2 is plastic. Bet you guessed from the first photo!

3 is real and easy to identify MOP, with that nice shell backing.

4 is fake, fake, fake! But really that's not fair, because it's not trying to pretend it's anything but plastic.

5 is real MOP, but you have to stroke it to be sure, as the back of the shell was white and smooth. Real shell feels colder and has more texture than your average plastic one.

6 is FAKE! And this one really is fake - it's been given a fake shell backing and everything! I used to hate it when Marks and Spencers used fake MOP buttons in the 1980s, when Laura Ashley was using real ones, but actually it's probably far more environmentally friendly not to go dredging up shellfish to make buttons these days. That's one reason it's good to collect second hand ones..

I just thought I'd show you the two pretties (MOP of course) that I found. Pearly Queen (great name) at Violet White was saying she's seen these going for over two euros each, recently... A bit crazy.

And back to the 'spot the real MOP' game, because sometimes it's naturally grey...Obviously, we have to turn them over... and you can see it's the one on the right. Isn't it a beautiful button?Here's some revision (it's clearly time for this teacher to take a holiday). Here are the backs of three fake buttons:And the backs of three real ones:What do you think of these two? The one on the left is real shell: abalone or maybe that New Zealand shell which my NZ friends will have to name for me! The one on the right uses some interesting shell patterns, but it's plastic. Kind of cute, though. A final glance at the variety of MOP - the slightly pink one and the dark blue ones are dyed.And here they all are in situ, in my MOP button tin! What a very satisfying button hunt. And there's a second drawer waiting for me one of these days...

Friday, April 9, 2010

American Country Living

I'll deal with the first thing, first: yesterday's concert went really well, thanks! Son 1 played a Prelude by Bach beautifully, and Son 2's reluctance showed in a slight lack of practice, but he still had real style as he made his way through The Entertainer, despite a few hiccups! We stayed up late to listen to all the players, and Ben helped out with serving drinks afterwards - a good time was had by all. Now, thanks to Sherri B, I have found the American magazine of my dreams, and it is Country Living. I've enjoyed all the American magazines you lovely people have sent me, but I have to say that this is the one for me. Sarah commented the other day that she found it a very quick read, and I guess that just depends on the level of your determination to read it cover to cover - I've found some others a bit of a 'skim-read', but for me, this one was a 'milk every drop of information out of it' read and I am still taking my time over it! I wanted to show you two articles because they remind me of collections at my parents' house - which means that my mum and grandma collected them over the years. Remember the toile-inspired china above, because I'll show you some when I get to Edinburgh next week, all being well.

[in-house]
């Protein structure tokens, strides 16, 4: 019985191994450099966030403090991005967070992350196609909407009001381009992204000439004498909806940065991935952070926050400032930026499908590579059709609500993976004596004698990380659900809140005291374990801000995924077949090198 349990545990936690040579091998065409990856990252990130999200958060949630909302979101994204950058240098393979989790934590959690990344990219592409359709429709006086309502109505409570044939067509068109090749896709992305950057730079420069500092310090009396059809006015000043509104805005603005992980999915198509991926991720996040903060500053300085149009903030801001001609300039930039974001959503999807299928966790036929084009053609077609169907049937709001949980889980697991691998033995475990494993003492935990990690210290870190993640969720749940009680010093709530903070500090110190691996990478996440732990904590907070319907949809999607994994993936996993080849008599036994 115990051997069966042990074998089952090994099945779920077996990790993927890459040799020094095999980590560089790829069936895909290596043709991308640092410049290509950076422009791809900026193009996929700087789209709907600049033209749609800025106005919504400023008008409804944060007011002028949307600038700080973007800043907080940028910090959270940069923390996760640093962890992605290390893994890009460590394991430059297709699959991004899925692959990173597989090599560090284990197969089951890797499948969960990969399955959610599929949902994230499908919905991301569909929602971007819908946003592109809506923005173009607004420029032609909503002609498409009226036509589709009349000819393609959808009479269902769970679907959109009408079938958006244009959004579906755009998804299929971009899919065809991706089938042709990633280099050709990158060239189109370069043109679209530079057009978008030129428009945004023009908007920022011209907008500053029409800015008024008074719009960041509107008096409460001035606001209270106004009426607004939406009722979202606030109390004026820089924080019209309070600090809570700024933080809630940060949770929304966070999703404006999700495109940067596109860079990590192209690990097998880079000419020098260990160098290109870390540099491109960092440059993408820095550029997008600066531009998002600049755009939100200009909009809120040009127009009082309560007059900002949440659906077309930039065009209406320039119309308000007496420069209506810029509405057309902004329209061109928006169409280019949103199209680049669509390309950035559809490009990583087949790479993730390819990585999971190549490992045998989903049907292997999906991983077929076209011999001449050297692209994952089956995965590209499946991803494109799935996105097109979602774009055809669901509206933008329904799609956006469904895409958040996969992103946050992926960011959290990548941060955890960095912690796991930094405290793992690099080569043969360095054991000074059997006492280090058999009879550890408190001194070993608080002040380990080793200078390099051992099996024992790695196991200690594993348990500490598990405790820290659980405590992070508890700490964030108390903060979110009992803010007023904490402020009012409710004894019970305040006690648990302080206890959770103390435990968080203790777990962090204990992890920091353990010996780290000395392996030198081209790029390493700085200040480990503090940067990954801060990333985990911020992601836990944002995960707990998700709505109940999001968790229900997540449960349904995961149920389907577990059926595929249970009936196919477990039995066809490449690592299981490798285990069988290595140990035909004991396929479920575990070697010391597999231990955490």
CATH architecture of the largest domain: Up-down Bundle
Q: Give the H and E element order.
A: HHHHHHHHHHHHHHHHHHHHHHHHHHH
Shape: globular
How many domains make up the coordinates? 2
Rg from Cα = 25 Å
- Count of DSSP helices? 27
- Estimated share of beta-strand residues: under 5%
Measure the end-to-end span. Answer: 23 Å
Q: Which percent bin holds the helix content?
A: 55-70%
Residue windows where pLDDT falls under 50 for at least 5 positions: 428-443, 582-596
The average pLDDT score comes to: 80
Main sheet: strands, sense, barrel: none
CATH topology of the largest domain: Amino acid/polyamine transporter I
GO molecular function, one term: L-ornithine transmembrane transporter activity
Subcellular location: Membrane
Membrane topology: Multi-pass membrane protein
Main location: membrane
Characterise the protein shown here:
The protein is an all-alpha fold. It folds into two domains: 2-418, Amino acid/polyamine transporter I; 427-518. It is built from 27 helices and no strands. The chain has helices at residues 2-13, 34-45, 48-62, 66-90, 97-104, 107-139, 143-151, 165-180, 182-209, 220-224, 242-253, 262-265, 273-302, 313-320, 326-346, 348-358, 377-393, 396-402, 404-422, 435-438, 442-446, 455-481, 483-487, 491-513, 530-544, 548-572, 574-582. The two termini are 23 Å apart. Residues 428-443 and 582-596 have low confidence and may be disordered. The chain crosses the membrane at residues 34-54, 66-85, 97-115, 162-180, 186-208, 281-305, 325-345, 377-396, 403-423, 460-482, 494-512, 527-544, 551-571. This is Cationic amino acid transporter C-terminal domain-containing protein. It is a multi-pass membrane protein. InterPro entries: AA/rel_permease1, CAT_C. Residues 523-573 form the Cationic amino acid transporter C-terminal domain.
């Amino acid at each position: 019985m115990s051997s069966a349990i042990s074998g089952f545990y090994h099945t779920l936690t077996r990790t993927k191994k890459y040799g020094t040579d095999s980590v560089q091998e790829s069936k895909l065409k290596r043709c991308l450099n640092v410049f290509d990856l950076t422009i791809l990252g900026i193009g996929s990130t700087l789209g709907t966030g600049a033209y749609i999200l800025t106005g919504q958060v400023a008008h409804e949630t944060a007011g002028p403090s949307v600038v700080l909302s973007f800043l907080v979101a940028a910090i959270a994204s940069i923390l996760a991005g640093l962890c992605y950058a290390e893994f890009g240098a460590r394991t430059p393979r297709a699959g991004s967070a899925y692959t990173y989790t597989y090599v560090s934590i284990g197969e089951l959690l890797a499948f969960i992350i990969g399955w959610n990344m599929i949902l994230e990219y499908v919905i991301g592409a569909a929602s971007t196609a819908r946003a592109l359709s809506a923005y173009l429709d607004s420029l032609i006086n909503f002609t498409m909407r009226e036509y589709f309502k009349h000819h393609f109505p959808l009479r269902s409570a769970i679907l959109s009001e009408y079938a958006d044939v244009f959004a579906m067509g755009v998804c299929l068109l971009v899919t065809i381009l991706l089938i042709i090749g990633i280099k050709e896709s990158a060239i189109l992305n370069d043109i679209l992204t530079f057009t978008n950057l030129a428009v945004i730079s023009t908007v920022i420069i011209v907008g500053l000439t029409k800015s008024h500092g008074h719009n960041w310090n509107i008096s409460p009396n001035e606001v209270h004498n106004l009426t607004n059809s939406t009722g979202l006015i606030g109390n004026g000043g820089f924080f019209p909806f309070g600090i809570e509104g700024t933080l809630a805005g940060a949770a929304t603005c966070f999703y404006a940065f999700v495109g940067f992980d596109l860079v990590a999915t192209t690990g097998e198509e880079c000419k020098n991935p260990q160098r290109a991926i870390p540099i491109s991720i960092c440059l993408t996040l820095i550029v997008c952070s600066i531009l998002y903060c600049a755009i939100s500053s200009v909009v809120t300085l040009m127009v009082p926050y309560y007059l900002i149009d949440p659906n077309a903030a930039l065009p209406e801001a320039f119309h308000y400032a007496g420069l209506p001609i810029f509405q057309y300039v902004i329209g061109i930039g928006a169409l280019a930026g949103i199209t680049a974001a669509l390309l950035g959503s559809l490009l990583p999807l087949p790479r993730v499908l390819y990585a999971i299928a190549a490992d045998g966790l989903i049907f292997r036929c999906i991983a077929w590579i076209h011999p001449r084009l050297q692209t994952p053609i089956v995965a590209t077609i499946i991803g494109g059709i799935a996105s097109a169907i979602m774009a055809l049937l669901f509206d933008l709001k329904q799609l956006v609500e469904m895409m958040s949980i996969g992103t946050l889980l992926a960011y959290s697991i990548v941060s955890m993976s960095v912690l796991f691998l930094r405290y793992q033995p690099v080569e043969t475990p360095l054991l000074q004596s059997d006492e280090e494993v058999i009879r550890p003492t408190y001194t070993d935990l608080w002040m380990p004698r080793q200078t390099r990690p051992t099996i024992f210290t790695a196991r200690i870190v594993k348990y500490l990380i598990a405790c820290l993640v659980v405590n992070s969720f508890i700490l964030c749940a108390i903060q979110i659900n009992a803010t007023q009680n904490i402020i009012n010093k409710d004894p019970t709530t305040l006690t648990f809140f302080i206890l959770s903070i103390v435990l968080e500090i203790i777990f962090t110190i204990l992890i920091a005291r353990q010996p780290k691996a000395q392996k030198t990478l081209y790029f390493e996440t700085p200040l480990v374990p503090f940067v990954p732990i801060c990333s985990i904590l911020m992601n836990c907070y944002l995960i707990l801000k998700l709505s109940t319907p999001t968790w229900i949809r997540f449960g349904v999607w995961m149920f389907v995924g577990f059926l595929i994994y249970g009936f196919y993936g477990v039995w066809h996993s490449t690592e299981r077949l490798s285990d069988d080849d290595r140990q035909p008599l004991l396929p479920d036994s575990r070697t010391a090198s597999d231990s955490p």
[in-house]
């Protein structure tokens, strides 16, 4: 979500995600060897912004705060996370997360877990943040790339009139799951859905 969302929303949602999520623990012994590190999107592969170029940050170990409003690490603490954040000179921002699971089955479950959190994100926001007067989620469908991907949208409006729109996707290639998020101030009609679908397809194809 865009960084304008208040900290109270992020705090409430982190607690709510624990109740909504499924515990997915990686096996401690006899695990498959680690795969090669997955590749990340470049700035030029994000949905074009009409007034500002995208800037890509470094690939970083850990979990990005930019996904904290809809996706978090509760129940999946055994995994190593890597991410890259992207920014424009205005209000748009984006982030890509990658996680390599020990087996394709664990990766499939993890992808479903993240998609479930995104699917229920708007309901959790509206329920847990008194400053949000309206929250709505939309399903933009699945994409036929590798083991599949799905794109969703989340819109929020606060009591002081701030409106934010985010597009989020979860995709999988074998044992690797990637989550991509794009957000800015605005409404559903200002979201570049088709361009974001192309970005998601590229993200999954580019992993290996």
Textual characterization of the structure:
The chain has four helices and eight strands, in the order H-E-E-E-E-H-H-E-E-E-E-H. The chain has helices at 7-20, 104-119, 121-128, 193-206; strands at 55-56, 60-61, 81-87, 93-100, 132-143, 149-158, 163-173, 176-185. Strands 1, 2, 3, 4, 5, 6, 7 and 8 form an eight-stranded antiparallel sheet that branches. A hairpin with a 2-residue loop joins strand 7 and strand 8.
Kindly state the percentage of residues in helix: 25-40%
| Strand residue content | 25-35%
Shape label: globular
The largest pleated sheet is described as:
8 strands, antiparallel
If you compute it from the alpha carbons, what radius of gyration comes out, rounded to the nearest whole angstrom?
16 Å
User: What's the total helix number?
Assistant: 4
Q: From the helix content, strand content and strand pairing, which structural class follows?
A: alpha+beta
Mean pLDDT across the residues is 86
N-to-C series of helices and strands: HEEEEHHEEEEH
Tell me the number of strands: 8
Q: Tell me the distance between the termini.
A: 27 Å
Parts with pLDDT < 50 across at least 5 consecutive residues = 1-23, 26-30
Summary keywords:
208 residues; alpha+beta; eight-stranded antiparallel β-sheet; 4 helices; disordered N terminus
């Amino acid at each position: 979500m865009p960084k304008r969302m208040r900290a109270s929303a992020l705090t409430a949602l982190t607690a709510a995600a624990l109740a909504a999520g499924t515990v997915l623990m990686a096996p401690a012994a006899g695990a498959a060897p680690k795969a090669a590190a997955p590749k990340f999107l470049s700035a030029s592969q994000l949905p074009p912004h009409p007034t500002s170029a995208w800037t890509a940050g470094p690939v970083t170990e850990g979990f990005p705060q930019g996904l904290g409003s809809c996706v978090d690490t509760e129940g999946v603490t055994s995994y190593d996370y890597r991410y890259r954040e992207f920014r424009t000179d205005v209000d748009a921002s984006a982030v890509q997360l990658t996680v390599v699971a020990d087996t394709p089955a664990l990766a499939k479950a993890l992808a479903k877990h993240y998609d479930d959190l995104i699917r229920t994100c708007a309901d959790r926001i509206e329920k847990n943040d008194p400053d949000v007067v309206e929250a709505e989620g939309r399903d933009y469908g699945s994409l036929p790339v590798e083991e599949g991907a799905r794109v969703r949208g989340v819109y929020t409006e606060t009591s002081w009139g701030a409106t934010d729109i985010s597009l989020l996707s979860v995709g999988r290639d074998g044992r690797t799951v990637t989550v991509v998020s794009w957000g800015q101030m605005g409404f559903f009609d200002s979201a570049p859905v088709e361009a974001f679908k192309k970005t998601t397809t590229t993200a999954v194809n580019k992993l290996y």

And can you guess what these are?
They're a collection of decorative tape measures!
I'm not sure that the family collection has any figurative ones, but I'll have a good rummage while I'm there and I bet I'll find something good to show you...
Tomorrow, I'll take you on a Grand Button Hunt, inspired by Marigold Jam.

Thursday, April 8, 2010

The Entertainers

The boys are getting ready for their piano concert tonight. Son 2 will be slightly reluctantly playing 'The Entertainer' and Son 1 will be fulfilling a long ambition by playing something really impressively classical - he's been admiring the 'big kids' who play impressive pieces for years, and now it's his turn! You can also see on the piano a photo of them playing a duet (only one fight while rehearsing, honest) at one of the outdoor summer concerts a few years ago. But we also have photos of their piano d├ębuts - Son 1:
and Son 2:
Aww! We can only tell the difference between them because we know we'd actually managed to put that picture up by the time Son 2 was born! Ben loved to play the piano with one of them on his lap. I was going to say it was a good start in the world of music, but in fact they started before they were born, because I was in a choir and I often felt them reacting to the music then...